On this day in 1862, Stonewall Jackson surprise-attacked Union forces at Port Republic, clearing the Shenandoah Valley of bluecoats. A year to the day later, J. E. B. Stuart was the one surprised, when Union cavalry under Alfred Pleasonton came out of nowhere at Brandy Station in one of the largest cavalry engagements of the war.* Stuart barely avoided a butt-whooping, but what was more embarrassing was that just four days earlier, at Culpeper Court House, he strutted his troopers through a mock battle for trainloads of gushing belles.
“Amidst this tumult of cannon fire and thundering hooves,” writes one historian, “a number of ladies swooned into their escorts’ arms. In the evening there was an outdoor ball, lit by soft moonlight and bright bonfires.” If that was one of Stuart’s best days, then June 9 was one of his worst.
On this day in 1864, meanwhile, something called the Battle of Old Men and Young Boys occurred. One of our crankier contributors has informed us that no decent historian calls it that, so, if you wish, call it the First Battle of Petersburg. Either way, Union troops marching up the James basically had the city for the taking, but a cobbled-together force of—you guessed it—old men and young boys managed to save the day.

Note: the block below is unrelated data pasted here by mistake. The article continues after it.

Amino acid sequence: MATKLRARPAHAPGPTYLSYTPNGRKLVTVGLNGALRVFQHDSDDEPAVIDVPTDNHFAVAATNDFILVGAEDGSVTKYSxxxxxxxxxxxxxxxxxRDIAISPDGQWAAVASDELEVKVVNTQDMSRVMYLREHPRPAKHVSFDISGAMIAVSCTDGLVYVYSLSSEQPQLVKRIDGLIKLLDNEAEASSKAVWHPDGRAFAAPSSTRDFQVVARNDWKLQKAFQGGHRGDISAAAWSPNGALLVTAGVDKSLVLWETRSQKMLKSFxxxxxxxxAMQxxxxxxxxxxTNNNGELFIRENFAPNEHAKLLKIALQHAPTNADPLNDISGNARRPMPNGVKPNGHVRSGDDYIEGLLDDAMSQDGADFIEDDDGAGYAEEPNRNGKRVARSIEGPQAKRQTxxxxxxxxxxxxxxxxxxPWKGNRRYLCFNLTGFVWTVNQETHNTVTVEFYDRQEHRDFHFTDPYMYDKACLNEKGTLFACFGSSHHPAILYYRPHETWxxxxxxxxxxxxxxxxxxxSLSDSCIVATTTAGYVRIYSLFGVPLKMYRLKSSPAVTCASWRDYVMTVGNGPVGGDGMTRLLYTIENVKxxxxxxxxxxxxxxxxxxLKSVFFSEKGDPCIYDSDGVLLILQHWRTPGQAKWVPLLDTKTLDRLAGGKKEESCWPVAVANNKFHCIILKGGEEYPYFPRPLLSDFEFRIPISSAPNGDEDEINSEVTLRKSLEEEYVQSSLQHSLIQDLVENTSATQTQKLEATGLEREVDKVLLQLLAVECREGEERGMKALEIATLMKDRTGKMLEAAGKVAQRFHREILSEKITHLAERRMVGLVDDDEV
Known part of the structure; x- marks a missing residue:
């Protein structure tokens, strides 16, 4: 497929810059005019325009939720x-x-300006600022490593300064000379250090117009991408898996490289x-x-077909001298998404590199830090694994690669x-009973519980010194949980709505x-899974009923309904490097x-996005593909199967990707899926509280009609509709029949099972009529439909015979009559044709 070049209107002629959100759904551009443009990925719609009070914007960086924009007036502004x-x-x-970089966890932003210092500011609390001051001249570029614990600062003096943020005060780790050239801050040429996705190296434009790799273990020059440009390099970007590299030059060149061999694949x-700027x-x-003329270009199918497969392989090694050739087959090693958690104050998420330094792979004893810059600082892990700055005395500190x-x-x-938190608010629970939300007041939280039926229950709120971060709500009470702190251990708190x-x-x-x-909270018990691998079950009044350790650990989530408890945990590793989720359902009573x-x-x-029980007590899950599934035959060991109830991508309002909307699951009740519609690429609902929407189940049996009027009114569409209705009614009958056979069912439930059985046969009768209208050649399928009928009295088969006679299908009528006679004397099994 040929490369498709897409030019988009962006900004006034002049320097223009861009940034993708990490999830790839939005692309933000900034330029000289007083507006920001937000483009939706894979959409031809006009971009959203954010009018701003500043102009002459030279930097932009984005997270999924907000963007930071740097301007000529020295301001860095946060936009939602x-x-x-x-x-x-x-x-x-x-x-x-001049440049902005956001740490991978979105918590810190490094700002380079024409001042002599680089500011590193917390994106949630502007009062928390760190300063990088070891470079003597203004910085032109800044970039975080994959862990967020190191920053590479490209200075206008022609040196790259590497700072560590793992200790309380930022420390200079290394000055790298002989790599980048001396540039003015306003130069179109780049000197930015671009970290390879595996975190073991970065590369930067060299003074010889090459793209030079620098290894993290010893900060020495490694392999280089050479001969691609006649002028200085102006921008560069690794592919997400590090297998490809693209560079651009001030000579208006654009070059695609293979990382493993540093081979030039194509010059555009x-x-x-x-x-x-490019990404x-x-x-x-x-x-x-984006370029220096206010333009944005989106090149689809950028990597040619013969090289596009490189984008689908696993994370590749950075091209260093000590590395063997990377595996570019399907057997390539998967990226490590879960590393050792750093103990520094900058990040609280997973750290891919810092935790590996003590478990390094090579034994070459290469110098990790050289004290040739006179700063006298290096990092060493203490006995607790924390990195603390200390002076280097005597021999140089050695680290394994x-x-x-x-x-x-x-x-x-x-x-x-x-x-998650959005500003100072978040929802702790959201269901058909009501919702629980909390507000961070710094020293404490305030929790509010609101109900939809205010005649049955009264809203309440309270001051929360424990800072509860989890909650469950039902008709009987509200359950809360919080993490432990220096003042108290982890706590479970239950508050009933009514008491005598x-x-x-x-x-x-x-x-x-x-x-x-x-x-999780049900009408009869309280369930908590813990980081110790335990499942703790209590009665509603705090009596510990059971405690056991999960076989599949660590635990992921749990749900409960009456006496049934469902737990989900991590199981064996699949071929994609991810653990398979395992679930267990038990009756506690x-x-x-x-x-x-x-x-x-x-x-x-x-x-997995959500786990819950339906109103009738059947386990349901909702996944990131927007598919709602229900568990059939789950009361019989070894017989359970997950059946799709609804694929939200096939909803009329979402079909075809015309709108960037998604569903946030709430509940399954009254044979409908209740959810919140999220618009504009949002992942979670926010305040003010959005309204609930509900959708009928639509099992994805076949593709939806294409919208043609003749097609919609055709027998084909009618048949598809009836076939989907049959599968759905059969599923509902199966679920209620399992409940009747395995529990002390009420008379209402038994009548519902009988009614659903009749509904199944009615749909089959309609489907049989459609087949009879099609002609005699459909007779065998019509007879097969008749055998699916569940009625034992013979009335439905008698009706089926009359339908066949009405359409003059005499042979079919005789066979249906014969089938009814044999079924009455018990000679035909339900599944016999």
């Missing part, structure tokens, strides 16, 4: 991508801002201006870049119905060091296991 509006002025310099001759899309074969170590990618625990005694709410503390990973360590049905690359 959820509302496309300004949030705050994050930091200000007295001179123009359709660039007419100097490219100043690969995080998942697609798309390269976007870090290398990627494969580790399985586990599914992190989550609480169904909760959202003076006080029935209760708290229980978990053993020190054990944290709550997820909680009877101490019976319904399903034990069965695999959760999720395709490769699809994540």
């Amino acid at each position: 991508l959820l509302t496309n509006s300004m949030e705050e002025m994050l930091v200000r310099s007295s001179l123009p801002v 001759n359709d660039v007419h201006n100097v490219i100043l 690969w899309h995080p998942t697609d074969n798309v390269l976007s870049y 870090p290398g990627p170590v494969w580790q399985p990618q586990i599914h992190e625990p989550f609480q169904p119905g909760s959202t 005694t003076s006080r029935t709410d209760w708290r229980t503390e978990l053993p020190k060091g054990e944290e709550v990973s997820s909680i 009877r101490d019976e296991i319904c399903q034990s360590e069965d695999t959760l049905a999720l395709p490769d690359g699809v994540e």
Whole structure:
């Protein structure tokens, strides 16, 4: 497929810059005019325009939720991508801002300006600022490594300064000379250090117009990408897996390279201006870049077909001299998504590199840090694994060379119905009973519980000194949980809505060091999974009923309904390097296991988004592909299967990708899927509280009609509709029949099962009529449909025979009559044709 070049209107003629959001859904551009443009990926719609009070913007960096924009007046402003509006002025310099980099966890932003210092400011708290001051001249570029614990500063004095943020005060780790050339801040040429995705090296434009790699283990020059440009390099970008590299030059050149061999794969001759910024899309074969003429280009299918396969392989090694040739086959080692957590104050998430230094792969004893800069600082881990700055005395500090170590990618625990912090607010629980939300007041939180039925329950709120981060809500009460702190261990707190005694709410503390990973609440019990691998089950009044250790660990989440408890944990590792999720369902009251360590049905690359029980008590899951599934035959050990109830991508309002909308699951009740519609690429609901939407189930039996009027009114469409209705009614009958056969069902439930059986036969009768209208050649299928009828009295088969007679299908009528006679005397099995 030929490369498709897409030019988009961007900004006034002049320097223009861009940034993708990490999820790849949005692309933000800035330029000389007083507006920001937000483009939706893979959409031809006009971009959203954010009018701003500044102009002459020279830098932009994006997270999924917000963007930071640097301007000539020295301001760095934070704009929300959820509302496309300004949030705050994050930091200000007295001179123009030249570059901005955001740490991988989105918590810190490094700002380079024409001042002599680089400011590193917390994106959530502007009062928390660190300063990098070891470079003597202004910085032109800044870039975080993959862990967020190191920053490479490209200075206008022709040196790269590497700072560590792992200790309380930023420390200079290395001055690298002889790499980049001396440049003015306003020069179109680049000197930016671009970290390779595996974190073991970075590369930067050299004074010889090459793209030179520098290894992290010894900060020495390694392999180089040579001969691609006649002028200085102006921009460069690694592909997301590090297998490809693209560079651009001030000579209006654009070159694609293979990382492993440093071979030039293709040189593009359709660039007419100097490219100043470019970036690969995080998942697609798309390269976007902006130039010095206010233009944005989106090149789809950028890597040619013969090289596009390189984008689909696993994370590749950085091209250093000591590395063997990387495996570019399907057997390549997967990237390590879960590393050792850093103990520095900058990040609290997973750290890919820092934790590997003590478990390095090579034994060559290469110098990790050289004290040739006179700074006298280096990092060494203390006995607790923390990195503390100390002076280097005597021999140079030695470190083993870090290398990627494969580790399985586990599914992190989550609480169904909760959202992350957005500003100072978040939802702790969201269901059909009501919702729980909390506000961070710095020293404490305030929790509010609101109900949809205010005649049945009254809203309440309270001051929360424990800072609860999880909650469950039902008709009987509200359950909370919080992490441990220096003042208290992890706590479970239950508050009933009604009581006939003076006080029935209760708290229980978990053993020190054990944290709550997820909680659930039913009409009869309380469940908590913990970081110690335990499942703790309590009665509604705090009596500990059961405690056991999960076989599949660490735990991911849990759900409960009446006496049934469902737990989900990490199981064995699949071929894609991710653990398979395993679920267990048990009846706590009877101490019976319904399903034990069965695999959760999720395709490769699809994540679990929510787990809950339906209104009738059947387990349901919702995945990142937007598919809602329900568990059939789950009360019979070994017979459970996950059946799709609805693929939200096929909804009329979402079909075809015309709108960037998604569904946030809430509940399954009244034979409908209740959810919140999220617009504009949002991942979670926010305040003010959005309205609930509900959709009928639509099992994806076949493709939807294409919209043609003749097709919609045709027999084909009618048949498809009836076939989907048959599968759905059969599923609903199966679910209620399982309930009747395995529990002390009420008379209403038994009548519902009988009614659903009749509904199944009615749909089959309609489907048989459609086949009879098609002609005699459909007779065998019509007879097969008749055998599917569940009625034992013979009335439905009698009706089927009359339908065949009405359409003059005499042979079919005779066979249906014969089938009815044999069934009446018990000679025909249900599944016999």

Finally, a year to the day later, Edmund R. Cocke—better known among his friends as Captain Cocke—was paroled from service in the Confederate army and sent along to live the rest of his life. This involved large helpings of white supremacy and Democratic politics. My favorite sentence from our entry:
“He told a friend that Republicans ‘putrefy every thing they touch,’ but he never was accused of being unfairly partisan in his position.”
How could you think otherwise?
* In case you care, Trevilian Station, at the end of the war, was the largest cavalry-only battle. Brandy Station was a larger battle, but a few men-on-foot showed up, too.
Battle of Old Men First Battle of Petersburg (left); J. E. B. Stuart (right)